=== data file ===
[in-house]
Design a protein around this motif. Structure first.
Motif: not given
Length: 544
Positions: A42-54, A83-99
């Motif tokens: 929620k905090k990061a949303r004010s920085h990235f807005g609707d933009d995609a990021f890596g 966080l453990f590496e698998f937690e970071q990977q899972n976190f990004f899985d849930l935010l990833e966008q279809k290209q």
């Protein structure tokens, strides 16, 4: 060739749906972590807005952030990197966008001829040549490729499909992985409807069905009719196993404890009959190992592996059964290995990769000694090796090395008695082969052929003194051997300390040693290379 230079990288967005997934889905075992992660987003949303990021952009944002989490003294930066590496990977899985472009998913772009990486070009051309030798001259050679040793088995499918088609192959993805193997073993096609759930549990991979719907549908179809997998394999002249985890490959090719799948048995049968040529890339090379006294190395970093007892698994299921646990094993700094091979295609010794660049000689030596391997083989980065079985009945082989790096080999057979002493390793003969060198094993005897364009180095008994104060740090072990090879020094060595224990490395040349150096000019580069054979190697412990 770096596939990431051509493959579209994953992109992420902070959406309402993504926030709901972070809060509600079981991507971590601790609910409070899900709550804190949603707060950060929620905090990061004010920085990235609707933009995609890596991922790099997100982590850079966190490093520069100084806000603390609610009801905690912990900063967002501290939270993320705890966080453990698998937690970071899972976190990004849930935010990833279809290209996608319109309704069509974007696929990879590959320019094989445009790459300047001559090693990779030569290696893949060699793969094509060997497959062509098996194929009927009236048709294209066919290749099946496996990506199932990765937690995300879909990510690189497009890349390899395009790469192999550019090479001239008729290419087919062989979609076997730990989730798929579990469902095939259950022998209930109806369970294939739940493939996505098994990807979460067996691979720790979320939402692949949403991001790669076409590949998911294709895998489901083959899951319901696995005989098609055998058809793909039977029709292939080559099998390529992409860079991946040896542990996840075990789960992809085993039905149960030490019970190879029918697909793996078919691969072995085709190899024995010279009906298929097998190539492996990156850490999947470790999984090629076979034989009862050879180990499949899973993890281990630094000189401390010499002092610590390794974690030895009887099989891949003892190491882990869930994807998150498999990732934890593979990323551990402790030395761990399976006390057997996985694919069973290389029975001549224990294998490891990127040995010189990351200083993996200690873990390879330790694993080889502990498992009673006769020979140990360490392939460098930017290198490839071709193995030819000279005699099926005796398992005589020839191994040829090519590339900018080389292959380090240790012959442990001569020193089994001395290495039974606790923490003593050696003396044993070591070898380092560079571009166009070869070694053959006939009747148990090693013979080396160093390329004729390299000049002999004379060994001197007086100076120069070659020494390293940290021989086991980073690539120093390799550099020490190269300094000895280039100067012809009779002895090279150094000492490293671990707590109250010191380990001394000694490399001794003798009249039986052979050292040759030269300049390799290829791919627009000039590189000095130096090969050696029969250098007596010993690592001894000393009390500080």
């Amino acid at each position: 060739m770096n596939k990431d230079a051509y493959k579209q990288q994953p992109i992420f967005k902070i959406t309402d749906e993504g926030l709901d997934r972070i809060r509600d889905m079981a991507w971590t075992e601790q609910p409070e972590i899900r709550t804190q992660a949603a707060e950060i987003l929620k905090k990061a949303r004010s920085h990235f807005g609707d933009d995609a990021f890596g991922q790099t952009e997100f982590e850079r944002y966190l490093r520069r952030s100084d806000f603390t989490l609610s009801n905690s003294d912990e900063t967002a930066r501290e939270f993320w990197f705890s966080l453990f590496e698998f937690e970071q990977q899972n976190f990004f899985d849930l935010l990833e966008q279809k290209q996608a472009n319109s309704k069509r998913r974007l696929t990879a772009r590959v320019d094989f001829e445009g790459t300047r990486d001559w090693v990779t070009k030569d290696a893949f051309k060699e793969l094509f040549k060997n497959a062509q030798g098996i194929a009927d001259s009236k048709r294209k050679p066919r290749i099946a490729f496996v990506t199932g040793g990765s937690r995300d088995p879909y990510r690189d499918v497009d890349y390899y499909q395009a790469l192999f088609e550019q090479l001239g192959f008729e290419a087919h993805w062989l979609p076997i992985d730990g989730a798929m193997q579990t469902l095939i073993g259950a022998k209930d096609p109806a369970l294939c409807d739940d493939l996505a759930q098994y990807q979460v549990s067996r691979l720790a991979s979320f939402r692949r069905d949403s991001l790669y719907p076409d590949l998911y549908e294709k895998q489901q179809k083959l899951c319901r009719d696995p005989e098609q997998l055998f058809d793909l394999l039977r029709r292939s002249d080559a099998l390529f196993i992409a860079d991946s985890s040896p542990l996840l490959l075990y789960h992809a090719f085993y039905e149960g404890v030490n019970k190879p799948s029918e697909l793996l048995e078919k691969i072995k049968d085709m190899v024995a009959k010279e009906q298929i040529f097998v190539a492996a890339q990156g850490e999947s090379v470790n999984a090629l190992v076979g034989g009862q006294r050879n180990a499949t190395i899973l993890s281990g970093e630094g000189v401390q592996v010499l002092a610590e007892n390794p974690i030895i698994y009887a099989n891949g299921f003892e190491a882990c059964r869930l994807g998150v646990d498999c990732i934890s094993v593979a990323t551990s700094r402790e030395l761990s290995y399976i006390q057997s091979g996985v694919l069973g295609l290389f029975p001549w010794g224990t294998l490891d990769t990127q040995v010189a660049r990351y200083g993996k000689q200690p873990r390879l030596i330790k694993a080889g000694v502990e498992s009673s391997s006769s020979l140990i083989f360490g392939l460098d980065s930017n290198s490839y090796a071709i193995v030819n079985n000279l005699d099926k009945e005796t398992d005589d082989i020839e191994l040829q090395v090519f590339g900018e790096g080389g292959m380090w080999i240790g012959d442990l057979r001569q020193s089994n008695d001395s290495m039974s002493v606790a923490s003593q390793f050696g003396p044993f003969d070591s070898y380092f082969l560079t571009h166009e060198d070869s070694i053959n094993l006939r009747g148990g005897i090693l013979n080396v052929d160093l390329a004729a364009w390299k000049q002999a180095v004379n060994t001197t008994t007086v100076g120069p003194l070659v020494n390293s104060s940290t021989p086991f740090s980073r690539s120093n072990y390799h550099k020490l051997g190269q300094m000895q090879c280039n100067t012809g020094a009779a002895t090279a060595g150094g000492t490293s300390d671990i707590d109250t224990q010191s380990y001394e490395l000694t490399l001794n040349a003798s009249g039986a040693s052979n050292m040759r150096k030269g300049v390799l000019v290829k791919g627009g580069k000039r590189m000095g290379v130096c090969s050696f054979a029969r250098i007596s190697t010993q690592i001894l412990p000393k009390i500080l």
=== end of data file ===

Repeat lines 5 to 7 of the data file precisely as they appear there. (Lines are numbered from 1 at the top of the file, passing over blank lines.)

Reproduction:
Positions: A42-54, A83-99
């Motif tokens: 929620k905090k990061a949303r004010s920085h990235f807005g609707d933009d995609a990021f890596g 966080l453990f590496e698998f937690e970071q990977q899972n976190f990004f899985d849930l935010l990833e966008q279809k290209q």
């Protein structure tokens, strides 16, 4: 060739749906972590807005952030990197966008001829040549490729499909992985409807069905009719196993404890009959190992592996059964290995990769000694090796090395008695082969052929003194051997300390040693290379 230079990288967005997934889905075992992660987003949303990021952009944002989490003294930066590496990977899985472009998913772009990486070009051309030798001259050679040793088995499918088609192959993805193997073993096609759930549990991979719907549908179809997998394999002249985890490959090719799948048995049968040529890339090379006294190395970093007892698994299921646990094993700094091979295609010794660049000689030596391997083989980065079985009945082989790096080999057979002493390793003969060198094993005897364009180095008994104060740090072990090879020094060595224990490395040349150096000019580069054979190697412990 770096596939990431051509493959579209994953992109992420902070959406309402993504926030709901972070809060509600079981991507971590601790609910409070899900709550804190949603707060950060929620905090990061004010920085990235609707933009995609890596991922790099997100982590850079966190490093520069100084806000603390609610009801905690912990900063967002501290939270993320705890966080453990698998937690970071899972976190990004849930935010990833279809290209996608319109309704069509974007696929990879590959320019094989445009790459300047001559090693990779030569290696893949060699793969094509060997497959062509098996194929009927009236048709294209066919290749099946496996990506199932990765937690995300879909990510690189497009890349390899395009790469192999550019090479001239008729290419087919062989979609076997730990989730798929579990469902095939259950022998209930109806369970294939739940493939996505098994990807979460067996691979720790979320939402692949949403991001790669076409590949998911294709895998489901083959899951319901696995005989098609055998058809793909039977029709292939080559099998390529992409860079991946040896542990996840075990789960992809085993039905149960030490019970190879029918697909793996078919691969072995085709190899024995010279009906298929097998190539492996990156850490999947470790999984090629076979034989009862050879180990499949899973993890281990630094000189401390010499002092610590390794974690030895009887099989891949003892190491882990869930994807998150498999990732934890593979990323551990402790030395761990399976006390057997996985694919069973290389029975001549224990294998490891990127040995010189990351200083993996200690873990390879330790694993080889502990498992009673006769020979140990360490392939460098930017290198490839071709193995030819000279005699099926005796398992005589020839191994040829090519590339900018080389292959380090240790012959442990001569020193089994001395290495039974606790923490003593050696003396044993070591070898380092560079571009166009070869070694053959006939009747148990090693013979080396160093390329004729390299000049002999004379060994001197007086100076120069070659020494390293940290021989086991980073690539120093390799550099020490190269300094000895280039100067012809009779002895090279150094000492490293671990707590109250010191380990001394000694490399001794003798009249039986052979050292040759030269300049390799290829791919627009000039590189000095130096090969050696029969250098007596010993690592001894000393009390500080």